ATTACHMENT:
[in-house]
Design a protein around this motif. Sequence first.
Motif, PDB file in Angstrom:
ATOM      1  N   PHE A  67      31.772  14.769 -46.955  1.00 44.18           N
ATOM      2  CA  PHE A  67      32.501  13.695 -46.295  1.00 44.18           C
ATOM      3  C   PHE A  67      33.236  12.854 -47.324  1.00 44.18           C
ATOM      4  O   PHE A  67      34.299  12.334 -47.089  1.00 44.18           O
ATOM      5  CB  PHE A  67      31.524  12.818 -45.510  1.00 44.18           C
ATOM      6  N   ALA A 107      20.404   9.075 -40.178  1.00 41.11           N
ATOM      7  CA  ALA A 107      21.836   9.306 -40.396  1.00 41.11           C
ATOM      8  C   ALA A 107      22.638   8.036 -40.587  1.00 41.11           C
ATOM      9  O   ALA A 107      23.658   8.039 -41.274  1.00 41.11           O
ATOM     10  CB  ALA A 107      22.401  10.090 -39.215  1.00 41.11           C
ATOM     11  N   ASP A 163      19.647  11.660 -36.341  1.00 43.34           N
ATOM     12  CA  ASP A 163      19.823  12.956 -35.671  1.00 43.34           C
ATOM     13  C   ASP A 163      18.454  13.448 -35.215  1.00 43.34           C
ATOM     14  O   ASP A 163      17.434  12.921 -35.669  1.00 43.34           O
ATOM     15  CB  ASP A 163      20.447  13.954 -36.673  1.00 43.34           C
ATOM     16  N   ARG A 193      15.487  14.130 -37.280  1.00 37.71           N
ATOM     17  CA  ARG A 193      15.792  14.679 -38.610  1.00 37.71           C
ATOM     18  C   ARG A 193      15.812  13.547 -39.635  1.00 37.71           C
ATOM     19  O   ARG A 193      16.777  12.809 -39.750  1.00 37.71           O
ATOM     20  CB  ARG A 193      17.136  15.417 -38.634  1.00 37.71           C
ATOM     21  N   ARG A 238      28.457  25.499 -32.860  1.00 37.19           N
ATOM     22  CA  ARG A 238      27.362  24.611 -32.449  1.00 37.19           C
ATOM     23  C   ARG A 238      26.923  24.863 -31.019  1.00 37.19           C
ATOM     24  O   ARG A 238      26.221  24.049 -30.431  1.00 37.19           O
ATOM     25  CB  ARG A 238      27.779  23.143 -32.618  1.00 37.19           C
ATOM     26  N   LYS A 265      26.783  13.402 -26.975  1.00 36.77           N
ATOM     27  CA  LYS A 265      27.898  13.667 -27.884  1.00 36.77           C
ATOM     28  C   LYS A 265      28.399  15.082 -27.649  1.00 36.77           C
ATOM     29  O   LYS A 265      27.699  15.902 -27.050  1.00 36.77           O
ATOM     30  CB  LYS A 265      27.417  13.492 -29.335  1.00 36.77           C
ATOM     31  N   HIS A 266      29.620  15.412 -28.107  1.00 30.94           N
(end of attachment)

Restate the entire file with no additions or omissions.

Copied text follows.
[in-house]
Design a protein around this motif. Sequence first.
Motif, PDB file in Angstrom:
ATOM      1  N   PHE A  67      31.772  14.769 -46.955  1.00 44.18           N
ATOM      2  CA  PHE A  67      32.501  13.695 -46.295  1.00 44.18           C
ATOM      3  C   PHE A  67      33.236  12.854 -47.324  1.00 44.18           C
ATOM      4  O   PHE A  67      34.299  12.334 -47.089  1.00 44.18           O
ATOM      5  CB  PHE A  67      31.524  12.818 -45.510  1.00 44.18           C
ATOM      6  N   ALA A 107      20.404   9.075 -40.178  1.00 41.11           N
ATOM      7  CA  ALA A 107      21.836   9.306 -40.396  1.00 41.11           C
ATOM      8  C   ALA A 107      22.638   8.036 -40.587  1.00 41.11           C
ATOM      9  O   ALA A 107      23.658   8.039 -41.274  1.00 41.11           O
ATOM     10  CB  ALA A 107      22.401  10.090 -39.215  1.00 41.11           C
ATOM     11  N   ASP A 163      19.647  11.660 -36.341  1.00 43.34           N
ATOM     12  CA  ASP A 163      19.823  12.956 -35.671  1.00 43.34           C
ATOM     13  C   ASP A 163      18.454  13.448 -35.215  1.00 43.34           C
ATOM     14  O   ASP A 163      17.434  12.921 -35.669  1.00 43.34           O
ATOM     15  CB  ASP A 163      20.447  13.954 -36.673  1.00 43.34           C
ATOM     16  N   ARG A 193      15.487  14.130 -37.280  1.00 37.71           N
ATOM     17  CA  ARG A 193      15.792  14.679 -38.610  1.00 37.71           C
ATOM     18  C   ARG A 193      15.812  13.547 -39.635  1.00 37.71           C
ATOM     19  O   ARG A 193      16.777  12.809 -39.750  1.00 37.71           O
ATOM     20  CB  ARG A 193      17.136  15.417 -38.634  1.00 37.71           C
ATOM     21  N   ARG A 238      28.457  25.499 -32.860  1.00 37.19           N
ATOM     22  CA  ARG A 238      27.362  24.611 -32.449  1.00 37.19           C
ATOM     23  C   ARG A 238      26.923  24.863 -31.019  1.00 37.19           C
ATOM     24  O   ARG A 238      26.221  24.049 -30.431  1.00 37.19           O
ATOM     25  CB  ARG A 238      27.779  23.143 -32.618  1.00 37.19           C
ATOM     26  N   LYS A 265      26.783  13.402 -26.975  1.00 36.77           N
ATOM     27  CA  LYS A 265      27.898  13.667 -27.884  1.00 36.77           C
ATOM     28  C   LYS A 265      28.399  15.082 -27.649  1.00 36.77           C
ATOM     29  O   LYS A 265      27.699  15.902 -27.050  1.00 36.77           O
ATOM     30  CB  LYS A 265      27.417  13.492 -29.335  1.00 36.77           C
ATOM     31  N   HIS A 266      29.620  15.412 -28.107  1.00 30.94           N